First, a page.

Advance Directive forms may vary slightly from state to state. State-specific forms are available on the AARP website. Your physician should also have these forms available for you to complete.

Copies of Advance Directive forms should be kept by your Health Care Proxy and given to your physician to become part of your medical record.

You can change or cancel your Advance Directives at any time, if you are considered of sound mind. These changes should be signed and notarized. Inform your doctor and family members that you have made changes to these directives.

SUSAN LOCKE is Healthnetwork Foundation’s medical director.

HEALTHNETWORK is a Legatus membership benefit, a healthcare “concierge service” that provides members and their families access to some of the most respected hospitals in the world. One Call Starts It All: (866) 968-2467 or (440) 893-0830. Email: help@healthnetworkfoundation.org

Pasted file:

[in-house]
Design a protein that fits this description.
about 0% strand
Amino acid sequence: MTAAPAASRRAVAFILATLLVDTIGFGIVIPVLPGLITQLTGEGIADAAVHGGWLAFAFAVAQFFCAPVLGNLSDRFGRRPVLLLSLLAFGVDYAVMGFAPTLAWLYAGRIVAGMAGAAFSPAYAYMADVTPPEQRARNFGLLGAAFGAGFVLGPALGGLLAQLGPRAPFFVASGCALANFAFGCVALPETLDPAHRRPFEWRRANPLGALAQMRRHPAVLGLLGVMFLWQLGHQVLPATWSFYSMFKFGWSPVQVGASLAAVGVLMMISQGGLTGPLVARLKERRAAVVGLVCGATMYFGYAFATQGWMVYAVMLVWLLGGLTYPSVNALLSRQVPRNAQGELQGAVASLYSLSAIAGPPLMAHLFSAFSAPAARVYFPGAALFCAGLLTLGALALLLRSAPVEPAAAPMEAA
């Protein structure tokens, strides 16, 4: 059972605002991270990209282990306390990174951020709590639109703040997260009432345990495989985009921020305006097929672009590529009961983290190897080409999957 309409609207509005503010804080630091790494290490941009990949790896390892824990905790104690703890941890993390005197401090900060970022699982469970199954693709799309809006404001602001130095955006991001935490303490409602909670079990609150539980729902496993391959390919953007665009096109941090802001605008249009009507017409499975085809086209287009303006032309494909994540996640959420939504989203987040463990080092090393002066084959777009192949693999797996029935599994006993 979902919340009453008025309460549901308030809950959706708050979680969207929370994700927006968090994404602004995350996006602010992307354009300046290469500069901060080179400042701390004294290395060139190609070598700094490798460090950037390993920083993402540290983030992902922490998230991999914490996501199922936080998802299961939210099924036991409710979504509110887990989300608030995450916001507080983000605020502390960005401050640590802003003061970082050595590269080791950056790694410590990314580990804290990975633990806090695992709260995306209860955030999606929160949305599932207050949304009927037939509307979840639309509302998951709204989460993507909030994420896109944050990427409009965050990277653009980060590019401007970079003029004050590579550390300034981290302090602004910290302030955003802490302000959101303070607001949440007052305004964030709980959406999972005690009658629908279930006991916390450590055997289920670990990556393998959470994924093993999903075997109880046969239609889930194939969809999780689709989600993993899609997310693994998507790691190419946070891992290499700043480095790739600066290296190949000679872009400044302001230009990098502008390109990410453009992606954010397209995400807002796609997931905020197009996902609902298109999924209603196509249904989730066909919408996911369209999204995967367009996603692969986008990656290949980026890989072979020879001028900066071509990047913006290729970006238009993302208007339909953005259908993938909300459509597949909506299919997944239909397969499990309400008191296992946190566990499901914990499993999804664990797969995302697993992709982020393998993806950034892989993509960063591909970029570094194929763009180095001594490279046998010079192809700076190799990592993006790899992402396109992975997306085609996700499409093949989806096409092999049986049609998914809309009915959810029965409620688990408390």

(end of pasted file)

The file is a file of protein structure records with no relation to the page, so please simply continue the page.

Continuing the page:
HEALTHNETWORK FOUNDATION is a non-profit whose mission is to improve medicine for all by connecting CEOs with leading hospitals and their doctors to provide the best access to world-class care and increase philanthropic funding for medical research.

Making tough end-of-life decisions

John Haas writes that Catholics should be equipped to address end-of-life questions . . .

Dr. John Haas

The National Catholic Bioethics Center provides over 1,400 consultations in a given year. Without a doubt, the issue most often raised with our ethicists has to do with making difficult, sometimes heart-wrenching, decisions at the end of life.

Catholics, however, should be the best equipped to address these challenges calmly. After all, we know that our final destiny lies not here but in the life beyond the grave. Also, how many times a day do we bring up our own death when we pray the Hail Mary? And then there’s the wonderful Catholic devotion of praying to St. Joseph for a holy death.